When We Return
by Eliana Tobias
GENRE: historical fiction
Who should be held responsible for public wrong? By 2008, it finally seems that the Peruvian government is ready to make amends to its citizens after the violent guerilla movement of the last three decades.
Otilia and Salvador, a mother and son torn apart during the conflict and separated for twenty years, are eager to have their pain and suffering acknowledged. But they hit a roadblock when the government denies responsibility in their legal case.
Things begin to look up however when Otilia meets Jerry, a kind man and the son of Jewish parents who escaped the Holocaust. Grappling with his own upbringing and the psychological struggled his parents endured, Jerry is just the person to empathize with Otilia's feelings. Together, Otilia, Jerry and Salvador must support one another through the turbulent journey that is healing from historical trauma. And through it, find the courage to rebuild their lives and open themselves to love and companionship.
Artfully weaving together different timelines and countries, this novel examines the nuanced topic of grief a community endures after a collective tragedy. In this exploration of the culture of remembrance following displacement and loss, we discover what happens when out past calls us back to what we must do to achieve justice and reconciliation when we return.
Salvador entered the prison gates, following an orderly line of elderly men carrying multiple plastic bags. When a person in the back started to yell, the advancing lineup came to a stop. Almost immediately a guard raised his baton and struck the unruly man to one side.
At the first security checkpoint, bags were opened for inspection. Since Salvador carried no package, he was told to move on. Next, he spread his legs wide for a pat-down. Up ahead, after showing his identity card, he was given a metal token with a printed number he’d have to return to the guards on his way out to account for his visit. Lastly, while shuffling along, he was asked to contribute a few coins for soft drinks for the guards. He reached into his pockets and found some money for drinks for the guards, which he dropped in a box at the end of the corridor.
In the prison yard, Salvador was keenly aware of the throng of people milling about. These places are jam-packed, he thought as he looked for his uncle in the crowd. Inmates talking to suited lawyers, visitors meeting up with family members, joggers getting exercise, and a group of men shooting hoops. Cooked meals, fruit, drinks, batteries, radios and clothes for sale were set up in stalls against decrepit walls. Long lineups of raucous men waited to use a few public phones that only accepted calling cards. Among the cacophony, supervising guards moved through, keeping an eye on the inmates while yelling into their megaphones.
Salvador noticed Tomas, drawn and frail, walking slowly toward him dragging his feet, his face grim. He seemed shorter than Salvador remembered him. It’d been years since they’d seen each other last, and the man had aged badly.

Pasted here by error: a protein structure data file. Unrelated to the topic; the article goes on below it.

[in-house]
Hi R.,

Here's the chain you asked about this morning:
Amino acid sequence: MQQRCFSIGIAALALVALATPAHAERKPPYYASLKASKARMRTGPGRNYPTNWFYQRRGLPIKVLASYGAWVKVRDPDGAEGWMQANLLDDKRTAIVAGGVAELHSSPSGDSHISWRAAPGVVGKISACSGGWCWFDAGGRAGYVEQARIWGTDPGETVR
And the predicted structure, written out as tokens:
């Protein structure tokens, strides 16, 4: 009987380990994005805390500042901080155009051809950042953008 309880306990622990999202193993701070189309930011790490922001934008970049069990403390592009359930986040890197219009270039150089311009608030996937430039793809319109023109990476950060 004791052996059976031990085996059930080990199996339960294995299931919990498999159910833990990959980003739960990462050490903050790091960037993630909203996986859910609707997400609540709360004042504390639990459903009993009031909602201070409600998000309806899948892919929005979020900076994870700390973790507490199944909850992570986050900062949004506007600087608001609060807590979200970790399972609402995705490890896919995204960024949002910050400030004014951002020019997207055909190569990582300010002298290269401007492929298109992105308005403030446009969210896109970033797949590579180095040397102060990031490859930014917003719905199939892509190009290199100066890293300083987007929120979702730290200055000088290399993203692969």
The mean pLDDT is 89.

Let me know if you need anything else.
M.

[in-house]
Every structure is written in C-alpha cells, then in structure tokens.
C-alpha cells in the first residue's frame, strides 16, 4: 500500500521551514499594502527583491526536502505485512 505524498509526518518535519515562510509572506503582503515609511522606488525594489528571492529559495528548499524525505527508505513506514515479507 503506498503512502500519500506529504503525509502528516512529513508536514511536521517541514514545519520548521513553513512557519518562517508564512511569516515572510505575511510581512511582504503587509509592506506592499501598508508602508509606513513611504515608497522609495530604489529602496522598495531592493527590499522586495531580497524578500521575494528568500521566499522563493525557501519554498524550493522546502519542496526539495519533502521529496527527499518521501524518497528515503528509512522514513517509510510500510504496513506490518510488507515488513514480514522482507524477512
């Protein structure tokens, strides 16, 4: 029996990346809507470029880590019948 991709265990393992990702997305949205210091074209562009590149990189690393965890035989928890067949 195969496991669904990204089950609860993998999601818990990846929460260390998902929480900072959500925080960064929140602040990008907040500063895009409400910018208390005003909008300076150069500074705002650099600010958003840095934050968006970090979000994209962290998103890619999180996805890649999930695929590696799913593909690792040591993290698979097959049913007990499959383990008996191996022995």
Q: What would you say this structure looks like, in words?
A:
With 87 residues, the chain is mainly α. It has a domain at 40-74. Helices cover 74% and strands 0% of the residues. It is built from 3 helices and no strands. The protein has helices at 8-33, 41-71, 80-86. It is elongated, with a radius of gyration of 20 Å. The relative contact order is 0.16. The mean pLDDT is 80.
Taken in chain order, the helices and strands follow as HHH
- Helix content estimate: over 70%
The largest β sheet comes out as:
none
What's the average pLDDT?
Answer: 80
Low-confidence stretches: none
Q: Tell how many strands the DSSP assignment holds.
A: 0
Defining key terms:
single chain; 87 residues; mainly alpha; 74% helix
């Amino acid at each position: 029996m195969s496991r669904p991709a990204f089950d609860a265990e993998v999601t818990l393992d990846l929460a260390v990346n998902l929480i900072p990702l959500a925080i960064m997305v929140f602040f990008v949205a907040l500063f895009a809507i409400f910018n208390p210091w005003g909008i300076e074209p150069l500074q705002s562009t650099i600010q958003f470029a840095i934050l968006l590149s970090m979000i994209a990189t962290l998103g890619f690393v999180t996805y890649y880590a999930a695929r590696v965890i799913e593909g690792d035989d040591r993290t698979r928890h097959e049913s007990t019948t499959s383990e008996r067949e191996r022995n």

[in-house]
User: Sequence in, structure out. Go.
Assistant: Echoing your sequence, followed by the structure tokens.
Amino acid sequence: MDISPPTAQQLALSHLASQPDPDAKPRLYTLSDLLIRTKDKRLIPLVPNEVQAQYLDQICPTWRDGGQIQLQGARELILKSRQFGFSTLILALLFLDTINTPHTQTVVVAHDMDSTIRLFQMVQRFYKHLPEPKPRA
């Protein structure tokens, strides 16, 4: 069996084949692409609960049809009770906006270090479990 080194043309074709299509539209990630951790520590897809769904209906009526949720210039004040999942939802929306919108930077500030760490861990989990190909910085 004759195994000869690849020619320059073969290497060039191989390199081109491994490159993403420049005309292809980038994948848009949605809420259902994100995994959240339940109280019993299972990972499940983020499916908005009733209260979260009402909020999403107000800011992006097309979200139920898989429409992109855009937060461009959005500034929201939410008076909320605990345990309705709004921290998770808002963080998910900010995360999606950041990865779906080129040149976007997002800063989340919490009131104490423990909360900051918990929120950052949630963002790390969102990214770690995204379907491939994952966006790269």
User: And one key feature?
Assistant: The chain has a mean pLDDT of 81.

Tomas let out a deep breath, nodded, and pointed to a bench. Salvador checked out the courtyard, wrinkling his nose at the stench. Before Tomas rolled down his sleeves, Salvador noticed the naked female tattooed on his uncle’s forearm. Tomas pulled two cigarettes out of his stained pants pocket and held out one for Salvador.
“No Thanks, I don’t smoke.”
“So you found me, kid. How about that?” His voice was loud. He lit his cigarette with trembling hands. “How’s life?”
Salvador had no stomach for small talk. It was colder than usual for the end of March, and he wanted to be out of there as soon as he could.
Tomas coughed.”I’m stuck in this fucking place.”
“I’m here for only one reason,” Salvador said, staring him in the eyes.
“Thought you’d be wearing your cop uniform.”
“Cut the crap,” Salvador snapped.
Tomas looked puzzled, his face carved with age.
Salvador removed a pad of paper and pen from the inside pocket of his light jacket.
“What the fuck is that for?” Tomas sneered.
“I need facts.”
“Say that again; I’m hard of hearing,” Tomas said leaning in.
“Since when?” Salvador looked at Tomas doubtfully.
“Be nice. Remember that I took you in when you were an orphan - when your mother and father left you alone. You were just a grimy little beggar. Now it’s your turn to take care of me- get me out of this nightmare.”
AUTHOR Bio and Links:
Eliana Tobias was born in Santiago, Chile, to immigrant parents who escaped the Holocaust. She graduated from the University of Chile then completed other degrees in early childhood and special education in the United States and Canada. After working in this field in various capacities, including teaching at the National University of Trujillo in Peru, she moved to Vancouver, where she has lived for thirty years and where she discovered her love of writing. Her rich experience of political turmoil, of listening to stories of the Holocaust when Jewish communities in Europe were shattered, of losing family in Chile under military dictatorship, and living in Peru during a time of intense civil conflict, fueled her passion to write about the ways in which people caught in devastation rebuild their lives. Eliana Tobias lives in Vancouver, B.C.
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